Ditching gluten might help you cut the bloat, banish bad skin and even ease that recurrent migraine

“Is this gluten-free?” often pushes me over the edge. Not because I hate people being responsible about what they eat, but because it’s unfathomable to me how a dietary restriction became a trend.

A decade or so ago, we found ‘gluten-free’ competing to dethrone organic food as the new cool kid on the wellness block. Gluten became a  buzz word on social media , gluten-free foods got their very own aisles in supermarkets, and the fad even caused quite a stir in the fashion world when Zara launched (and later discontinued)  t-shirts  with “Are you gluten free?” plastered across it. But why the sudden surge in the number of people being diagnosed as gluten intolerant?

“Gluten that we consume today is not the same as the gluten our grandparents were consuming.
Its genetic composition has been modified, due to industrialisation. And this evolution has become a common cause for intolerances, allergies or sensitivities,” says Janvi Chitalia, integrative gut microbiome health coach and founder of  Body Cocoon . This processing has caused the number of
chromosomes found in gluten’s genetic make-up to almost triple in number, causing our systems to react differently to it over time.

One out of every hundred  people are either allergic to gluten or gluten intolerant, which means that about two to three people on your flight from Mumbai to Goa really shouldn’t be scarfing down the complementary croissants.
Before you start writing heartfelt farewell notes to all your beloved baked goods, scroll down to find answers to all the questions that have sprung up in your head in the last 15 seconds, barring “Why meeeee???”.

What even is gluten?

Gluten is a protein found in wheat, barley, spelt, rye and many other grains.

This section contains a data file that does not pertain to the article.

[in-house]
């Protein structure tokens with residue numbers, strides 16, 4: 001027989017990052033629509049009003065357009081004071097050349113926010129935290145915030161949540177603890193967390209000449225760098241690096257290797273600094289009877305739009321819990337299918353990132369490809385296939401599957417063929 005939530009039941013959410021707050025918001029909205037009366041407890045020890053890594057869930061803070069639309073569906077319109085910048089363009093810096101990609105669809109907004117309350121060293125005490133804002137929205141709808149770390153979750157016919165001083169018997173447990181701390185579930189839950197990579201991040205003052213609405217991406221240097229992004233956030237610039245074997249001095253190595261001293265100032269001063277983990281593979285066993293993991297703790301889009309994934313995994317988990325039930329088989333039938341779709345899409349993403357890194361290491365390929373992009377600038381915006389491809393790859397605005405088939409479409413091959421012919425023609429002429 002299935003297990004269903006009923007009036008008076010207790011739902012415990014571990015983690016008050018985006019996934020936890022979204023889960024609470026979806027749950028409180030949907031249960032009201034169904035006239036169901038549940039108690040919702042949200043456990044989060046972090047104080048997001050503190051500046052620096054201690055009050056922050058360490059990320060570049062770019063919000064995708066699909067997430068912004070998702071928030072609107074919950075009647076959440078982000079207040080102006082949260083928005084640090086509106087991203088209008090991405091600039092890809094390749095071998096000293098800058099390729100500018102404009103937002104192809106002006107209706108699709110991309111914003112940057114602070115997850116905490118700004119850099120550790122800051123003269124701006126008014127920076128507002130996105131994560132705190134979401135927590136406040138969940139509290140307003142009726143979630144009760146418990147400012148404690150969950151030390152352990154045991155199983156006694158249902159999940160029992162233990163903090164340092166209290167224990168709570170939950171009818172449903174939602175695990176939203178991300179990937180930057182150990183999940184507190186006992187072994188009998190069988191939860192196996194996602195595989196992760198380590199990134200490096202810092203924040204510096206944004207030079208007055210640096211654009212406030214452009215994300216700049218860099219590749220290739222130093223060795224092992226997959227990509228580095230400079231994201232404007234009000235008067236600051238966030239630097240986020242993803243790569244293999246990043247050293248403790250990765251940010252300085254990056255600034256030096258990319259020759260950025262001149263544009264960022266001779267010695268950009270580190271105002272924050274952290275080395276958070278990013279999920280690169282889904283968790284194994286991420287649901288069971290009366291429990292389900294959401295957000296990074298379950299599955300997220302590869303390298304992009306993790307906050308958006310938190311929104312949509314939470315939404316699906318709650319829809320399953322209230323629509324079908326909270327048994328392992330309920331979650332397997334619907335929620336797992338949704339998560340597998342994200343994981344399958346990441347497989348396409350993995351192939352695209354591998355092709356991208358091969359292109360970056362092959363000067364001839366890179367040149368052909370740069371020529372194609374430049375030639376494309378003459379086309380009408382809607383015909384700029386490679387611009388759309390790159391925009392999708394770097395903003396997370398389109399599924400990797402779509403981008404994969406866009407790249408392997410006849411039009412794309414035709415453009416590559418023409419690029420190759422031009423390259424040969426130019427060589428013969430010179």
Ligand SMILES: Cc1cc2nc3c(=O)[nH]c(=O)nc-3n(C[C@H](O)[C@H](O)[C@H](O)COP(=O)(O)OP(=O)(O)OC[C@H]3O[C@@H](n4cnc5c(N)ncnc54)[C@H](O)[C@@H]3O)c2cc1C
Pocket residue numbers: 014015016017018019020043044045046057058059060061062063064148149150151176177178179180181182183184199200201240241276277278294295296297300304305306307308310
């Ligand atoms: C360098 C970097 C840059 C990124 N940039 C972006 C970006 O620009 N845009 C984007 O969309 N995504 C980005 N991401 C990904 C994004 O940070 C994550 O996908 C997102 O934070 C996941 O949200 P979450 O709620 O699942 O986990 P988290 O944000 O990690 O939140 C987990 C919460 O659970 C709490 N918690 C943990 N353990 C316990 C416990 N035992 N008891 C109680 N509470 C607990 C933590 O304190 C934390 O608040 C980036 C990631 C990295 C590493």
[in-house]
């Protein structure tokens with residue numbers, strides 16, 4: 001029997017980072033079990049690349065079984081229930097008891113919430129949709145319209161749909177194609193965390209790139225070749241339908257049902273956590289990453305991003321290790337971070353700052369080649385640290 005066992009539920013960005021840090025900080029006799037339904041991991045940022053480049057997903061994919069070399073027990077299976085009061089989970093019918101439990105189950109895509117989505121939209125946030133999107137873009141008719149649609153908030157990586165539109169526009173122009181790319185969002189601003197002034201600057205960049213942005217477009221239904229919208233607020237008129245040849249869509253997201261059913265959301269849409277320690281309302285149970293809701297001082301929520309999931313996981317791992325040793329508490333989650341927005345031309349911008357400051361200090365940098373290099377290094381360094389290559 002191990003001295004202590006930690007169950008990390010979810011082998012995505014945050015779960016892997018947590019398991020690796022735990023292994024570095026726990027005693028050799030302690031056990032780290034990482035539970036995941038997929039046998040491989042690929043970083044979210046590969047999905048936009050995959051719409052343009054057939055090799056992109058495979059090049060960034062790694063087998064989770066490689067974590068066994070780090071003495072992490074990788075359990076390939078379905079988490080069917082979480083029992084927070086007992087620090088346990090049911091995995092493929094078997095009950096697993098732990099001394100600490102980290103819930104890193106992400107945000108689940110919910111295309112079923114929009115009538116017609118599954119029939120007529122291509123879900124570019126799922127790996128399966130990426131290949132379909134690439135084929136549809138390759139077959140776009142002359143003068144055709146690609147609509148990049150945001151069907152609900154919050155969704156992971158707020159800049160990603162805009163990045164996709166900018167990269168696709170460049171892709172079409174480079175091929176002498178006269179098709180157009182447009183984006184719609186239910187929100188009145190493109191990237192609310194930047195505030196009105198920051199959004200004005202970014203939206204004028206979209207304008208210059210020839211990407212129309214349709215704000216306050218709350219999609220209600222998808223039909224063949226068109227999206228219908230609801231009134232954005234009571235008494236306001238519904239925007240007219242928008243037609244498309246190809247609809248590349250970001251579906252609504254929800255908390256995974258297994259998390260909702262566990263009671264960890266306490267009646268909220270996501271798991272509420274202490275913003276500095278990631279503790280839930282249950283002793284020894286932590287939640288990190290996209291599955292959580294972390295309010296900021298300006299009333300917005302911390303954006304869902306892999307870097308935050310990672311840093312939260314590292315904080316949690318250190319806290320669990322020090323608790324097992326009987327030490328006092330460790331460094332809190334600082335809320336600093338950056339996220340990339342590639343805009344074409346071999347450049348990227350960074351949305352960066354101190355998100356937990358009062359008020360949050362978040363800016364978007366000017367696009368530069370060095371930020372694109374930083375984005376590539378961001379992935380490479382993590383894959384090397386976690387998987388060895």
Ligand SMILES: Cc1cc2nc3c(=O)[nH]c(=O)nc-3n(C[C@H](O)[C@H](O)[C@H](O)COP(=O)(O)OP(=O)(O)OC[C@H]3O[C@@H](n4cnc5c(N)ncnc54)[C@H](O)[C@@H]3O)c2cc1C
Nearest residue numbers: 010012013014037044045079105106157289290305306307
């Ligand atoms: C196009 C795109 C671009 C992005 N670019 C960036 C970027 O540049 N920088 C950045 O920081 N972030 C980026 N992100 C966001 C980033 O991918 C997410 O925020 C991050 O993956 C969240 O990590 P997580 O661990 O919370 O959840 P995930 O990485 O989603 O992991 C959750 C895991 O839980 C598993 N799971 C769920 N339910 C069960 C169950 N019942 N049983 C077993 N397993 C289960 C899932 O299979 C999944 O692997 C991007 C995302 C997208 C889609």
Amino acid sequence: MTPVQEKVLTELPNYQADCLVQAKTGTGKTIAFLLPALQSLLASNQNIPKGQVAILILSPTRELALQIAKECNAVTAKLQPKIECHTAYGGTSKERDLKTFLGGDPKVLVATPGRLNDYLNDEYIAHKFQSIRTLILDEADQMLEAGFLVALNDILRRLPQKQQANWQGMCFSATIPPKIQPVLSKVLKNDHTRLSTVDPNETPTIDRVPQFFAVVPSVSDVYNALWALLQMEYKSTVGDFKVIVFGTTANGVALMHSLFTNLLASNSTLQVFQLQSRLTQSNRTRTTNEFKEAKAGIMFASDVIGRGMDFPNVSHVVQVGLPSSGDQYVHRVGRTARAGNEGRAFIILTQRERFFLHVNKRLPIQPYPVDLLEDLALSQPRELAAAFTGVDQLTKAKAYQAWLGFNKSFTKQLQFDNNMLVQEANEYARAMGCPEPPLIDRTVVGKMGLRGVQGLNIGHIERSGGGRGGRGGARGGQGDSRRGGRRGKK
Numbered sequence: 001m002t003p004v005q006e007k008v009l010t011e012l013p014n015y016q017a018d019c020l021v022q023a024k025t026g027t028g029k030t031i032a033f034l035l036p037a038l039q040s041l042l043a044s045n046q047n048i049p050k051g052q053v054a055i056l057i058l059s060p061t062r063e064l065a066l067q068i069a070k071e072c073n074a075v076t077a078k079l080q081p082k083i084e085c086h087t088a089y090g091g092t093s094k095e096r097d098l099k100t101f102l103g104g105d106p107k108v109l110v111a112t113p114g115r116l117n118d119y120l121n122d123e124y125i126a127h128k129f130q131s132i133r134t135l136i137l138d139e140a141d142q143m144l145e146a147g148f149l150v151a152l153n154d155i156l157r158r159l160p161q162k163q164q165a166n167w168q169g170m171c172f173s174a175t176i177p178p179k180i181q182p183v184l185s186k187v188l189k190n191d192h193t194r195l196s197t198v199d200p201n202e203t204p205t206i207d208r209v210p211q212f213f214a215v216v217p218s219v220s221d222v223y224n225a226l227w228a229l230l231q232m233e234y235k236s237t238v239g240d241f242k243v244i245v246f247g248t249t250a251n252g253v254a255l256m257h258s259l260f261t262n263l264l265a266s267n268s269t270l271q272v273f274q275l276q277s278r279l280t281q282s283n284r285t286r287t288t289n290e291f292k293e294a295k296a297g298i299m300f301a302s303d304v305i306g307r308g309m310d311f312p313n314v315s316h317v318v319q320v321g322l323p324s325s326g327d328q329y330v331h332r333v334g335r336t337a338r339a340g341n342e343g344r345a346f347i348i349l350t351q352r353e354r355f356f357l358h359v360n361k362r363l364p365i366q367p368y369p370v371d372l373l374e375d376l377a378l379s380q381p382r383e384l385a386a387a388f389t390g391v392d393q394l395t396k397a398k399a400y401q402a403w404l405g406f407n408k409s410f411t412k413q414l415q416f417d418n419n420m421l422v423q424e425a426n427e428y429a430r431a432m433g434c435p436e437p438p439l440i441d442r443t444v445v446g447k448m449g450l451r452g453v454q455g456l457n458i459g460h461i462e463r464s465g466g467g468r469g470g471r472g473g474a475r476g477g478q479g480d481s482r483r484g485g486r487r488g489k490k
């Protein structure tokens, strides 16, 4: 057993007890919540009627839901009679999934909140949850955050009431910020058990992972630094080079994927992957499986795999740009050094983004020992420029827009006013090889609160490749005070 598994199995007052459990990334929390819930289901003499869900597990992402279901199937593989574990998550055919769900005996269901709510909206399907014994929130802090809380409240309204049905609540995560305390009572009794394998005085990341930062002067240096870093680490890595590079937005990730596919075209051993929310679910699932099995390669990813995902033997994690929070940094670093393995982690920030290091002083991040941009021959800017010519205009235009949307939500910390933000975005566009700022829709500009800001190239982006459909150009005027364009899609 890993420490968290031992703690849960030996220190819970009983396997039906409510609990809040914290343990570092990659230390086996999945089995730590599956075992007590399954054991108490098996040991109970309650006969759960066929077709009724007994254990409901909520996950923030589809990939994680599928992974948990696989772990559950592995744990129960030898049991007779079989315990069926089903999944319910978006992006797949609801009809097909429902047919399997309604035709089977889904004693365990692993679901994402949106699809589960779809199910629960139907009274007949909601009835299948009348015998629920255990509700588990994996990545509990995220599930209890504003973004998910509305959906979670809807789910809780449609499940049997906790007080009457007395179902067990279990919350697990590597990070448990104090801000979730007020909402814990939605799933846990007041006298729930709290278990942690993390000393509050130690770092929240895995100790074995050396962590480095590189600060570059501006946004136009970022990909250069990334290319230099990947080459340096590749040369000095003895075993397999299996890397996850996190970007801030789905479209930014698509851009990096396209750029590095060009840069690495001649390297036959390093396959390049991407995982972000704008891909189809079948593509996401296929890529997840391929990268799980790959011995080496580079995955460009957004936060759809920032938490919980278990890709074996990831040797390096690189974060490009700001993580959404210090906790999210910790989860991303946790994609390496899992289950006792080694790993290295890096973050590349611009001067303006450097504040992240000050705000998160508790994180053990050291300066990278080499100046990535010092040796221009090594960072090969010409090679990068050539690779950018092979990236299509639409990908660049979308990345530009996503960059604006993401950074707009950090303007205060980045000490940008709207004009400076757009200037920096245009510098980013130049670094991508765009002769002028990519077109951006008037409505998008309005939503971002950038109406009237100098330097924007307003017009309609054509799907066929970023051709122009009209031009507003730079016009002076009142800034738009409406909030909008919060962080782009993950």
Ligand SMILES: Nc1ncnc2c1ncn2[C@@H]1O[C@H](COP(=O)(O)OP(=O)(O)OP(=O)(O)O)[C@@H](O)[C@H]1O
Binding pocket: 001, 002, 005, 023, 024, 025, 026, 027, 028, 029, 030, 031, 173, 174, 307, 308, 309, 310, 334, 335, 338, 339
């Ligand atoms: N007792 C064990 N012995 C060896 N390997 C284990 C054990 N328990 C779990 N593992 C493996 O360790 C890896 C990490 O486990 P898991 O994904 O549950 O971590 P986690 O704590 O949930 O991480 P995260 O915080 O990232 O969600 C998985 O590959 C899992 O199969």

Gluten has glue-like properties that provide elasticity to the dough you make, using these grains. It is the reason why you can stretch a ball of dough to form a round roti (yes, unlike unicorns, round rotis do actually exist) without it tearing.

Gluten is found in grains and also in seasonings, sauces, soups, and canned or processed foods.
Don’t ever forget to read the label.

Is gluten intolerance the same as gluten allergy?
The logic that applies to “I like you” and “I love you” in romantic relationships, should be applied to gluten allergy and gluten intolerance when talking about gut health – they must never be used interchangeably.

“Awareness is your biggest ally in dealing with intolerances,” says Chitalia, explaining that it’s important to distinguish between different conditions to get the right treatment.

Gluten intolerance is more of an umbrella term that is often used (but shouldn’t be) to refer to three different conditions.

Celiac disease: This is a severe form of gluten intolerance that has symptoms like cramping, diarrhoea, and motion urgency that show up fairly quickly. Celiac disease can also prevent the absorption of nutrients and in severe cases cause malnutrition.
“Consuming gluten if you have celiac disease can damage the intestines,” explains Chitalia. Your genetic make-up determines how susceptible you are to the disease, and it’s best to see a doctor for treatment.

Non-celiac gluten sensitivity (NCGS): This is a milder version of gluten intolerance that does not require emergency care.
The symptoms are similar to those of celiac disease. In addition, a person suffering from NCGS is more likely to experience gas, bloating, stomach ache, headaches, anxiety, lethargy, mental fatigue, and brain fog. Also, these symptoms may surface even as late as about three to five hours
after consuming gluten.
And even though NCGS is often referred to as a milder version of celiac disease, everyone’s threshold for discomfort varies. “When symptoms arise, it’s best to consult an expert, as in case of celiac disease, late diagnosis can cause physiological damage,” explains Chitalia.

Wheat allergy: Commonly referred to as gluten allergy, it can send the patient into anaphylactic shock.